Friday, August 29, 2008

Israel Will not Let Iran Go Nuclear

The sanctions imposed on Iran by the US and EU so far have had no effect on Iran's nuclear program. Israel, which is constantly threatened by Ahmadinejad, has decided to prepare for a military strike against Iran if it is close to achieving it's nuclear goals. Israel believes it has a year and half to two years before Iran can build nuclear bombs.

The US is pushing Israel to take a more defensive stance to the situation. The US has refused to sell Israel advanced US-made warplanes, but has offered permission to use a global early warning radar system. But Israel cannot afford to wait for an attack because of it's lack of strategic depth. Jerusalem Post

Ephraim Sneh a veteran Labor MK which has left the party recently, has sent a document to both US presidential candidates, John McCain and Barack Obama. The eight-point document states that "there is no government in Jerusalem that would ever reconcile itself to a nuclear Iran. When it is clear Iran is on the verge of acquiring nuclear weapons, an Israeli military strike to prevent this will be seriously considered."

According to Ma'ariv, Sneh offered the two candidates the "sane, cheap and the only option that does not necessitate bloodshed." To prevent Iran's nuclear aspirations, Sneh wrote, "real" sanctions applied in concert by the US and Europe is necessary. A total embargo in spare parts for the oil industry and a total boycott of Iranian banks will topple, within a short time, the regime which is already pressured by a sloping economy and would be toppled by the Iranian people if they would have outside assistance.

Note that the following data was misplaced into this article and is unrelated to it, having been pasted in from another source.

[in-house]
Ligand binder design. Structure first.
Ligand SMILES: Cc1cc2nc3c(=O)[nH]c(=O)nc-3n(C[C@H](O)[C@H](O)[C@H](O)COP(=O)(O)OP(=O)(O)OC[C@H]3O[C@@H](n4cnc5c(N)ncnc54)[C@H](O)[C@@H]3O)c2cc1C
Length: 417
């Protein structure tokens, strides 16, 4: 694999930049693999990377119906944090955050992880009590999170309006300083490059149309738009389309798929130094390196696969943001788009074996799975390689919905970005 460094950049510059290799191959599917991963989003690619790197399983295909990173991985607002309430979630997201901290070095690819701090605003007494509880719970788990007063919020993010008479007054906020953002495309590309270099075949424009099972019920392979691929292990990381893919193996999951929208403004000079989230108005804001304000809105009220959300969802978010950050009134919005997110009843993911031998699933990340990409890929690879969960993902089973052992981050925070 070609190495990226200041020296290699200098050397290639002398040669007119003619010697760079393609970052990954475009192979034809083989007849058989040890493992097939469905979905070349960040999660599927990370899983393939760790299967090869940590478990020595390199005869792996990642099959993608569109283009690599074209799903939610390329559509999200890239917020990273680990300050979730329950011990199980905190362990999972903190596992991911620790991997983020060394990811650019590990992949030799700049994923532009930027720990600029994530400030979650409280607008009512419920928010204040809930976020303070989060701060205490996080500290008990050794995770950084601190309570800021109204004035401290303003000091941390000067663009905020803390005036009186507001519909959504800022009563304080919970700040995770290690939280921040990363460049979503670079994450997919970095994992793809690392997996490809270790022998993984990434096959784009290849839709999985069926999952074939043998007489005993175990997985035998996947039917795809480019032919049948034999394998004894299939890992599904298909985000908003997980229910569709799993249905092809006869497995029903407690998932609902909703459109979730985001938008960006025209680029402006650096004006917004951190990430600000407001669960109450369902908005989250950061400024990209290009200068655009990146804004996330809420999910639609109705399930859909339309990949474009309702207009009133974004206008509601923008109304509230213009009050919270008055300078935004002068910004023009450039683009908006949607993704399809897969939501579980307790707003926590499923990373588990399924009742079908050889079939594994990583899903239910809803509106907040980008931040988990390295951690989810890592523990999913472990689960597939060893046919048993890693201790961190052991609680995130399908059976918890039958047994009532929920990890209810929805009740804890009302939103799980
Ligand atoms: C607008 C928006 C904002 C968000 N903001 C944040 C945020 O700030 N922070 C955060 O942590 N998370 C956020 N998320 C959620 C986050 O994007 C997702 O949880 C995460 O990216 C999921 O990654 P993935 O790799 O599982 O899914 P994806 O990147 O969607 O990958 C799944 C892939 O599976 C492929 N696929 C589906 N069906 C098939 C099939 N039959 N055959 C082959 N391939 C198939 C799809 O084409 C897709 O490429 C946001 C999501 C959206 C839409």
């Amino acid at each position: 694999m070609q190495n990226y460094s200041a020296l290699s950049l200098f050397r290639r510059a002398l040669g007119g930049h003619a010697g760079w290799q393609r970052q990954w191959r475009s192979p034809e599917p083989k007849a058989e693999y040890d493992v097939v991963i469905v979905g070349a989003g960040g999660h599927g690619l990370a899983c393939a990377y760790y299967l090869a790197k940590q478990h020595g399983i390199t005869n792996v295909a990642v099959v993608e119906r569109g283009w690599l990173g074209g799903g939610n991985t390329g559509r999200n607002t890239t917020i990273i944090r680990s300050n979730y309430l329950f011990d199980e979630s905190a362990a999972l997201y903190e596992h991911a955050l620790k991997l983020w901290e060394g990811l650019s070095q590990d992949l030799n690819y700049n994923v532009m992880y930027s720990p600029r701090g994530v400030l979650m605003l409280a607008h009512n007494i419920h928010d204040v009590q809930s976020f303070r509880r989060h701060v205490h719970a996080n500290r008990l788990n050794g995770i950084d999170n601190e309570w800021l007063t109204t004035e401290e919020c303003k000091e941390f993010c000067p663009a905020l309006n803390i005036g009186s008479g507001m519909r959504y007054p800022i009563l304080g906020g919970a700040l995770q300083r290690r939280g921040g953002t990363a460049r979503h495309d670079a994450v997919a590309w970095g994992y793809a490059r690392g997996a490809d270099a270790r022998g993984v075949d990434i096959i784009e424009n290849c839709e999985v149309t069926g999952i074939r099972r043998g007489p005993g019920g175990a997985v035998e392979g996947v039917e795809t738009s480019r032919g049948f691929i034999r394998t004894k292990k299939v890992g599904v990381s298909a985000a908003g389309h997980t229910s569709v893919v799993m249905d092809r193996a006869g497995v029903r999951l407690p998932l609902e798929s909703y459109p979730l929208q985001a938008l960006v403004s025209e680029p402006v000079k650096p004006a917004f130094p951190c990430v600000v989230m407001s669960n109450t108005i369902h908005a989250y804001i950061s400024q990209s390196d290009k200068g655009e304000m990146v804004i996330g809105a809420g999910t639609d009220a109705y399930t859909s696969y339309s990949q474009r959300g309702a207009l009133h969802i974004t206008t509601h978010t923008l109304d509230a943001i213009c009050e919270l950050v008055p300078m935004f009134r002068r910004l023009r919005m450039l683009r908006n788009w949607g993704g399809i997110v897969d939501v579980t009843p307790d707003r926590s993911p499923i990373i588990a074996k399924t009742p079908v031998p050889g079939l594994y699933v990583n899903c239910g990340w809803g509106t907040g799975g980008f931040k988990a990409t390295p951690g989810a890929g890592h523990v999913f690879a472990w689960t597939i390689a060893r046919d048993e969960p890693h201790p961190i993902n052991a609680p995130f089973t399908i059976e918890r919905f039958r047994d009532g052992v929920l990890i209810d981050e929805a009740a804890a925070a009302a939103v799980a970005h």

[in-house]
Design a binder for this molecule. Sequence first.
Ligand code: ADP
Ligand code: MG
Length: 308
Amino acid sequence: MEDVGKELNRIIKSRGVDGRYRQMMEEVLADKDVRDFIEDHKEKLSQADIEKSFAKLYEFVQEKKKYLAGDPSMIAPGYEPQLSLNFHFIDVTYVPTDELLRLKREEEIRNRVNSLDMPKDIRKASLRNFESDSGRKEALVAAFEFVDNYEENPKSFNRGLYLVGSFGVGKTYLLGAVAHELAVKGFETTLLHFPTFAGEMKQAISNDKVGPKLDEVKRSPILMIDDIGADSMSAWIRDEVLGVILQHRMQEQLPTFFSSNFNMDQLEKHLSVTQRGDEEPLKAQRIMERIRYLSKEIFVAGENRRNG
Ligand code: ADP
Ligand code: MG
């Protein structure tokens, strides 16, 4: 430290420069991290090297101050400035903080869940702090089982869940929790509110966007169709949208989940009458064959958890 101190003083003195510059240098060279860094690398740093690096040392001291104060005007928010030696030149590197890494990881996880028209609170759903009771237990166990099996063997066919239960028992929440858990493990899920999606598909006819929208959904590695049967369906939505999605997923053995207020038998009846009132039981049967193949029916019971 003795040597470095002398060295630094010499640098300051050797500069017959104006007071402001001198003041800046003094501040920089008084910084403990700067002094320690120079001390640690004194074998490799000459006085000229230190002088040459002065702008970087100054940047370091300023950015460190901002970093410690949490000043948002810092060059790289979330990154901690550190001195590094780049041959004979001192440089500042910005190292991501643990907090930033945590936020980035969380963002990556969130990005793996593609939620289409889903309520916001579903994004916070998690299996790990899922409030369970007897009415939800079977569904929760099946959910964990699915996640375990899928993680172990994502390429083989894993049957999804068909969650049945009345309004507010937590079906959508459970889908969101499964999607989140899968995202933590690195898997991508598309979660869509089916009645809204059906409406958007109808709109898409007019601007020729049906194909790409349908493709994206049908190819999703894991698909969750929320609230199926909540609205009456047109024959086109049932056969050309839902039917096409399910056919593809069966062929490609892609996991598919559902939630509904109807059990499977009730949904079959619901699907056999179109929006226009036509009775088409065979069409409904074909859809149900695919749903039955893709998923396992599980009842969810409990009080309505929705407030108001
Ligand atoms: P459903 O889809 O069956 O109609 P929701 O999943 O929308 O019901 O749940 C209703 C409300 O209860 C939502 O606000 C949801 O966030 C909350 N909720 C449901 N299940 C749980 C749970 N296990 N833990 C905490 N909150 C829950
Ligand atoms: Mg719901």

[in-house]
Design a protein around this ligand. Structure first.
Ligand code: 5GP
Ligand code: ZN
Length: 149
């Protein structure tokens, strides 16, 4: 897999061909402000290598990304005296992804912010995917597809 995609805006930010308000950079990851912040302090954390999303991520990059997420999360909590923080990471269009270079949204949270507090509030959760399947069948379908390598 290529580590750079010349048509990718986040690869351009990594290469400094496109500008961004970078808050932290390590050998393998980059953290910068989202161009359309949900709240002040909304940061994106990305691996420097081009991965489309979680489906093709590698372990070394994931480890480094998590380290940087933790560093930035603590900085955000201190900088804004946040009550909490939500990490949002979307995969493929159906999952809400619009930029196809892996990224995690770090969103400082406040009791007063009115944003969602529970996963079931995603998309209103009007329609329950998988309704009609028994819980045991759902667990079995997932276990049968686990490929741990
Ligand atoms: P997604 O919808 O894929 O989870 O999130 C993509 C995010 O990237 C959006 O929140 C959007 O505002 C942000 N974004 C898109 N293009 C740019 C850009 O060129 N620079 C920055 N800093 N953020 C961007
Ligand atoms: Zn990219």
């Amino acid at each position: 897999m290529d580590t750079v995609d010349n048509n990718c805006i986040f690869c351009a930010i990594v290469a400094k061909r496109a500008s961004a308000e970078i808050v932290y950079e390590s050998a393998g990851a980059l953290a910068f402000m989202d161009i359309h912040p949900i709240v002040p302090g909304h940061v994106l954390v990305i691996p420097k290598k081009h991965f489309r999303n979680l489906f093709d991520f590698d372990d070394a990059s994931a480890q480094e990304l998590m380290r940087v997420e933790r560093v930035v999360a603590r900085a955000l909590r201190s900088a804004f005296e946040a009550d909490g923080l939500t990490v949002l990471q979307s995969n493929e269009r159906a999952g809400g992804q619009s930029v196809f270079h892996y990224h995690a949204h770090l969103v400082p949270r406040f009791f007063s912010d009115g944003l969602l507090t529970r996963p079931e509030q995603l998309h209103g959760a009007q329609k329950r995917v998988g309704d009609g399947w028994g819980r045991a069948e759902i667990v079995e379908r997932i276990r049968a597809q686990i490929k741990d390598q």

Austria and Switzerland have recently made investments in Iranian gas and oil fields. Sneh travelled to those two countries to try to persuade those two countries not to invest in Iran.
Hearing his hosts speak of their future investments, Sneh replied quietly "it's a shame, because Ido will light all this up." He was referring to Maj. Gen. Ido Nehushtan, the recently appointed commander of the Israeli Air Force and the man most likely to be the one to orchestrate Israel's attack on Iran's nuclear facilities, should this become the necessity.

"Investing in Iran in 2008," Sneh told his Austrian hosts, "is like investing in Krups Steelworks in 1938, it's a high risk investment." The Austrians, according to Sneh, turned pale.

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